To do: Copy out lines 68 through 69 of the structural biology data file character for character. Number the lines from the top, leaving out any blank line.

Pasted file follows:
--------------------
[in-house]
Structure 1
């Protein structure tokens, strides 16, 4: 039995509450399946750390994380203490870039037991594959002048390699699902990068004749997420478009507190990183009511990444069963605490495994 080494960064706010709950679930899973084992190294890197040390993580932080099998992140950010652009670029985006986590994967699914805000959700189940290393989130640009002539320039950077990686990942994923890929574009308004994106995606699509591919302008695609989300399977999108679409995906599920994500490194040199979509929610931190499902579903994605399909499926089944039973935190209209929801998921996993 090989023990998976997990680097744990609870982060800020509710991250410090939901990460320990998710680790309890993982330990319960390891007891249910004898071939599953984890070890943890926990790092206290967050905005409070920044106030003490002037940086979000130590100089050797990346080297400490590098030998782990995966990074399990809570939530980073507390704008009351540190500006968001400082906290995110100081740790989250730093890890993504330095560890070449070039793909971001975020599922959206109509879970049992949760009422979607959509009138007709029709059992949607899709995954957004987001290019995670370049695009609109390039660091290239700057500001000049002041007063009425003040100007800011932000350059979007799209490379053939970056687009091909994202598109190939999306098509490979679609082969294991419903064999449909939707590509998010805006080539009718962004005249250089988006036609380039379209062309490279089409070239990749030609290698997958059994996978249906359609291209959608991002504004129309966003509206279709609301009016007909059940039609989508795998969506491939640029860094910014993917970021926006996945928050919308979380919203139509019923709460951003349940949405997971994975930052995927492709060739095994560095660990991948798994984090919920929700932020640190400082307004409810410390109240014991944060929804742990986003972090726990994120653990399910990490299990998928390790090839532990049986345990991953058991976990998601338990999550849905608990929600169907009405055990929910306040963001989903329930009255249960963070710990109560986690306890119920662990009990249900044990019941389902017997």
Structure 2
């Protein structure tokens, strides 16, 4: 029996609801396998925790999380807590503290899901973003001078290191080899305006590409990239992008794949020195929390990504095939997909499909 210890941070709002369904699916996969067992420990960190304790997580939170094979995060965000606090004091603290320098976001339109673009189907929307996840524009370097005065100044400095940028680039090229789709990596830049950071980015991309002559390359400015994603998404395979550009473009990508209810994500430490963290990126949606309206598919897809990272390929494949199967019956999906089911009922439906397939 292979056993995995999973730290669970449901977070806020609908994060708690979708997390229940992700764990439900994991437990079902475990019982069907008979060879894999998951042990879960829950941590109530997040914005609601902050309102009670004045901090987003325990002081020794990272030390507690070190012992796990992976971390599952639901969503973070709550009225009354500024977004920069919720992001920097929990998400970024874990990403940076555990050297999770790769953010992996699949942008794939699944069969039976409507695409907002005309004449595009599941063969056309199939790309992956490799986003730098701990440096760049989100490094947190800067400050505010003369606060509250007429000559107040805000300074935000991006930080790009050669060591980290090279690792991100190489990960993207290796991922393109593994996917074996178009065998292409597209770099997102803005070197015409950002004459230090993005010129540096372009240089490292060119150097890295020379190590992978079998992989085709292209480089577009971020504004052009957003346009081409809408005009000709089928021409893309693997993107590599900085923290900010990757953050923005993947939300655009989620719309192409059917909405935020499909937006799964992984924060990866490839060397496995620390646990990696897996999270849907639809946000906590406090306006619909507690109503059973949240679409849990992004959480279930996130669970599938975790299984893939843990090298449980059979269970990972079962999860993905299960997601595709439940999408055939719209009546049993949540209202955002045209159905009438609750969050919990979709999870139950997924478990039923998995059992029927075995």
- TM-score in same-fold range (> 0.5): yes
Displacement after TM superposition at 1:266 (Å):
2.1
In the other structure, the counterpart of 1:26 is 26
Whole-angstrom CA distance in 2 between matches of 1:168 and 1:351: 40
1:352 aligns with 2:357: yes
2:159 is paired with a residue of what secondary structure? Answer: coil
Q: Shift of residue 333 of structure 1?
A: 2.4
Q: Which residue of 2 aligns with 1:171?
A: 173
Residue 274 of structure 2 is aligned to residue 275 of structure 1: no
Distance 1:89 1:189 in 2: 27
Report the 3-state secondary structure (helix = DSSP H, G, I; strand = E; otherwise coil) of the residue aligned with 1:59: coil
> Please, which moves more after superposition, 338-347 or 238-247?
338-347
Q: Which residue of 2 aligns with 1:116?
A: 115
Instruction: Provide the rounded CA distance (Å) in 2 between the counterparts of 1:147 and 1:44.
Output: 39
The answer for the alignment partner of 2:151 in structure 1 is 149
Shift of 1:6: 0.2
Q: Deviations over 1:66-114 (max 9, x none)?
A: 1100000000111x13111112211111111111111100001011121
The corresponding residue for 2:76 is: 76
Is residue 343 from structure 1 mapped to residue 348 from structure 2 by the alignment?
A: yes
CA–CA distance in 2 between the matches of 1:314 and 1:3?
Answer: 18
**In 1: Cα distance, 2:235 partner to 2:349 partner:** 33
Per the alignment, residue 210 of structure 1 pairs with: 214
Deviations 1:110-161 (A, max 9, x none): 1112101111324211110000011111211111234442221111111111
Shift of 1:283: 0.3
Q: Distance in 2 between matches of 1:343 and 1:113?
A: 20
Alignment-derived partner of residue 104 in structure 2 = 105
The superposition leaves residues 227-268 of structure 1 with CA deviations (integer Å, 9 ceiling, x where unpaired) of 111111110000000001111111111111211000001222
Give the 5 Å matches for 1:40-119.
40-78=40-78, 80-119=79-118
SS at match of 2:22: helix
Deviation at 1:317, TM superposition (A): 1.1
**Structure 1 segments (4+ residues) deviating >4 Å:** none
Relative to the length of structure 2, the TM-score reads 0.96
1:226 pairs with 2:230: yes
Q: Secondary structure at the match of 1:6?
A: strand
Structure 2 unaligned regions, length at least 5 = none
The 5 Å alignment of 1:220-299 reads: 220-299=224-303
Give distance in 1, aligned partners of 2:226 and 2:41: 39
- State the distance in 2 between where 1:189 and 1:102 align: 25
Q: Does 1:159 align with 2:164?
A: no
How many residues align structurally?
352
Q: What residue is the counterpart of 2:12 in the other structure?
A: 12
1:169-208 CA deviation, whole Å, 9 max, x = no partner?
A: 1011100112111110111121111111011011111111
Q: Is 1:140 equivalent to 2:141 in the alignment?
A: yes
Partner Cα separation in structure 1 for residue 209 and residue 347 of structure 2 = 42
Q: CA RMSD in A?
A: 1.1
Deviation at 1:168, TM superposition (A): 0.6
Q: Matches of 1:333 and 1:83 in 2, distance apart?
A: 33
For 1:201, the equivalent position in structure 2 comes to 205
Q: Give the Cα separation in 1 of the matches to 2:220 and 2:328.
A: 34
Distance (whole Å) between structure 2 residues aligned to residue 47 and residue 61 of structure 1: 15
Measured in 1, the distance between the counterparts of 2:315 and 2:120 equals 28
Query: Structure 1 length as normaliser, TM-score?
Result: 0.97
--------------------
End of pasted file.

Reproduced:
A: 1.1
Deviation at 1:168, TM superposition (A): 0.6